07/21/2014

"Tour of Palacio Barolo" by Richelle Jurasek, Occidental College

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On one of the rainiest days that we have seen thus far in Buenos Aires, Karlyn, Katie and I caught a misty glimpse of the city from the 22nd floor of the famous Palacio Barolo on Avenida de Mayo. We were guided up the palace by a sweet Argentine tour guide, making frequent stops to learn about the history of this historic building located in the city center. Designed by Luis Barolo and built by Mario Palanti between 1919 and 1923, the Palacio Barolo was built as a tribute to Palanti’s Italian compatriot, Dante Alighieri and his Divine Comedy.  Through both decorative and functional design traits, the building conveys the union between Dante and Beatriche, the two protagonists of the work. 

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The design of the building is incredibly complex and detailed. Architecturally, it is a confluence of Venetian Gothic design and religious images from India. The colors of the tiles that form circles on the ground floor are red, white, and green, the colors of the Italian flag. The 22 floors of the building are divided into three sections that reference the Divine Comedy, the ground floor representing el Infierno (hell), the first 14 floors, el Purgatorio (purgatory), and the following floors that lead to the top, el Paraíso (paradise). At the very top of the left-side tower, is the great faro light that holds 300,000 bujías (light power) and represents God. This enormous revolving searchlight is a beacon to Palacio Salvo in Montevideo, Uruguay, also constructed by Palanti. With their faro lights, the two palaces welcome travelers entering the Rio de la Plata by the sea, almost serving as concrete lighthouses. Back inside the building, the black and white tiles on the many floors represent the duality between good and evil, another recurring theme in the Comedy.

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The highlight of our tour were the incredible views that we saw from the both the 14th floor and the faro room. At 100 meters, Palacio Barolo held the title of the tallest building in the city until the construction of the Kavanaugh in 1935. Gazing out towards the left, el Congreso Nacional and its surrounding parks light up the skyline, encircled by the many recent skyscrapers that now give the palace a run for its money. To the right, the glowing pink lights of the Casa Rosada demand attention, and a little farther away is the building that depicts the face of Evita Peron. Despite the wind and the rain, we stepped out onto the balconies to take in this incredible sight, snapping pictures and standing in amazement at the beautiful night sky.

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At the top of the tower, our tour guide turned on the faro, and we were instantly blinded by the powerful light. We learned that every 25th day of each month, the light is turned on to honor the patria and the independence of the country. It can be seen circling from miles around, reflecting in the night sky and the clouds. As usually is the case, our pictures do not do this magnificent palace justice, and we are very thankful to have had the opportunity to see the city from this unique perspective, especially being in a place filled with so much history.

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07/18/2014

"Tango Show at Esquina Homero Manzi" by Karlyn Gehring, Oberlin College

Being in the land of Tango, we had been dying to see a professional show since arriving in Buenos Aires.  However, we were glad that we waited until we had a better grasp of the history of the dance and its music, as well as some experience engaging with tango in the city.  Richelle attended several tango dance lessons at la Viruta, and I took weekly dance lessons at Rojas Cultural Center, plus played violin in the Tango orchestra at IUNA musicales, the local art university.  Furthermore, tango was consistently referenced in our classes, which allowed us to further appreciate the magnificent show we saw at Esquina Homero Manzi, a famous tango café in San Telmo.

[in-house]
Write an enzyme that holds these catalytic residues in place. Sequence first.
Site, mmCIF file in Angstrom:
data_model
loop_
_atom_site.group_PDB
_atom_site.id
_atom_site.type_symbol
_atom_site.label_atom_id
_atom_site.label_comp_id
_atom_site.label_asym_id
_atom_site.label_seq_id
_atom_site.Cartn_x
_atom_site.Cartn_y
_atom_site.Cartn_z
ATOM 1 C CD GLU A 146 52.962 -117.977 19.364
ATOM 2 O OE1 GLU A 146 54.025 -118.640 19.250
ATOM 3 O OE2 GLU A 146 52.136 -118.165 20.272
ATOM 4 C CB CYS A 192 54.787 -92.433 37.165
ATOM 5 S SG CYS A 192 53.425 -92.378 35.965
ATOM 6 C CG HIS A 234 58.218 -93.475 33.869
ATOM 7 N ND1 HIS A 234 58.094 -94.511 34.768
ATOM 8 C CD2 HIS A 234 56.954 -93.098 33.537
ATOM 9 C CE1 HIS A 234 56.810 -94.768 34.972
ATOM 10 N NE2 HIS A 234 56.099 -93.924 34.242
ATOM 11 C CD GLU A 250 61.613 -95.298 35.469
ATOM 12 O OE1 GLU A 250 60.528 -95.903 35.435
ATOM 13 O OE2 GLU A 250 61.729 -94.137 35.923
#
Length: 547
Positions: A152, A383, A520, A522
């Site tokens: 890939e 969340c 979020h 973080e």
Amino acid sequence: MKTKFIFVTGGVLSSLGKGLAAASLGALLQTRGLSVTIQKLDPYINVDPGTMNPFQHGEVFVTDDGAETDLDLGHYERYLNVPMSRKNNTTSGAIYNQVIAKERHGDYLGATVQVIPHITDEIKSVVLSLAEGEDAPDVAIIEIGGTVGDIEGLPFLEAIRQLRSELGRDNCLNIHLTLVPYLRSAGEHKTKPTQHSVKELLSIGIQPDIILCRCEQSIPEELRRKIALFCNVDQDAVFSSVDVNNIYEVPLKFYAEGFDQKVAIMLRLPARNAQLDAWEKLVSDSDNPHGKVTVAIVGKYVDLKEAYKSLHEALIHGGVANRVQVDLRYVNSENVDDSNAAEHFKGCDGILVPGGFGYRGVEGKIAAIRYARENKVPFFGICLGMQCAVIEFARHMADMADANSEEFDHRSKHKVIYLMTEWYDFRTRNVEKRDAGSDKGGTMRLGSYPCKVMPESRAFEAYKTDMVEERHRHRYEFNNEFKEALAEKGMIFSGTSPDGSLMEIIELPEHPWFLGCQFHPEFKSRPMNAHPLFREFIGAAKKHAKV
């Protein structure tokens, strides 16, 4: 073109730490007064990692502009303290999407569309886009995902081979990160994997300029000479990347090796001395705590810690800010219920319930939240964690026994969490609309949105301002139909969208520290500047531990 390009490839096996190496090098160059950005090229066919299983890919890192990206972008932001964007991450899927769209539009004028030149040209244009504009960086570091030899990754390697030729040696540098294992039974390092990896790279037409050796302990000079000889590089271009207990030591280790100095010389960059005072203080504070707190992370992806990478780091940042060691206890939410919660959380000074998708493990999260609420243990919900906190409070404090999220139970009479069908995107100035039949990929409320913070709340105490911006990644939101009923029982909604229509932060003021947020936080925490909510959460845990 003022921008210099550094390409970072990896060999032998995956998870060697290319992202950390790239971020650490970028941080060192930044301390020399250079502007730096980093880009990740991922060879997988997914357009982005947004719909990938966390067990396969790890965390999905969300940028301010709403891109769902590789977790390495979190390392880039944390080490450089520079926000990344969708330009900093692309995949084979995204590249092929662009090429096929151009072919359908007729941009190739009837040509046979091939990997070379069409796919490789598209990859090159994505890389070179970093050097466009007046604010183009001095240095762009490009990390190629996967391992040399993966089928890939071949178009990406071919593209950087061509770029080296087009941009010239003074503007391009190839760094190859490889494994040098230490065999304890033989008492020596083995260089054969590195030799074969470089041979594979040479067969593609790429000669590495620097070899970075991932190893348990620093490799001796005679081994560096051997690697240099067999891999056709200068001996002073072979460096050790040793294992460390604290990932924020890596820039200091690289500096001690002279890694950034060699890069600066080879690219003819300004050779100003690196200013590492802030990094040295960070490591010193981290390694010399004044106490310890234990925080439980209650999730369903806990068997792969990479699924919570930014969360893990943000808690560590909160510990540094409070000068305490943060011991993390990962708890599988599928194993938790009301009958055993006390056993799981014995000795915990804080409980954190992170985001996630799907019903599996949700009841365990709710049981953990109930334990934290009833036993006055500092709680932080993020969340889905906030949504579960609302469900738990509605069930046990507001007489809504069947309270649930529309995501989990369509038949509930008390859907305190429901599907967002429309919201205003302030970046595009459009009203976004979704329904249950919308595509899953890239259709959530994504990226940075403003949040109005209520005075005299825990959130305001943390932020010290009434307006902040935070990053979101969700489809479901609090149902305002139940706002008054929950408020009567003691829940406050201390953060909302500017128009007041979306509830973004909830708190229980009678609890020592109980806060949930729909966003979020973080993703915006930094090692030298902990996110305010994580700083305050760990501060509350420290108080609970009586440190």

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Homero Manzi was an influential composer and poet of tango and milonga.  In fact, he composed “Barrio de Tango,” which I played with my orchestra at IUNA in my most recent concert.  The café represented the barrio San Telmo perfectly, complete with the feeling of tradition and antiquity.  Inside, the walls were covered in photos of past guests, such as Evita Peron, and the tables were set immaculately, suggesting the prestige of the café.  With a friendly welcome, we were sat at a table directly in front of the stage and given the fixed menu of the night, which consisted of an “aperitivo de bienvenido” (sherry and a baby empanada) and choices of entradas, platos principales, and yummy helado for dessert.

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The show alternated between dancing and singing, with a live tango orchestra to accompany.  All of the dances were beautifully choreographed, although some appeared more improvised than others and more like how we were taught to tango. It was interesting to compare the different styles of music and dance—milongas, tangos, and waltzes, and because we now had some background after living in Buenos Aires for several months, we were able to distinguish these components during the show.

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We also enjoyed the variety of duets, solo dances and group choreography, as well as the elaborate costumes and the use of props.  I was also able to recognize many of the songs from my repertoire at IUNA and compare the differences in how they were performed and improvised, which greatly enhanced the experience.  All in all, we thoroughly enjoyed ourselves celebrating the 4th of July Argentina style, empanadas and all!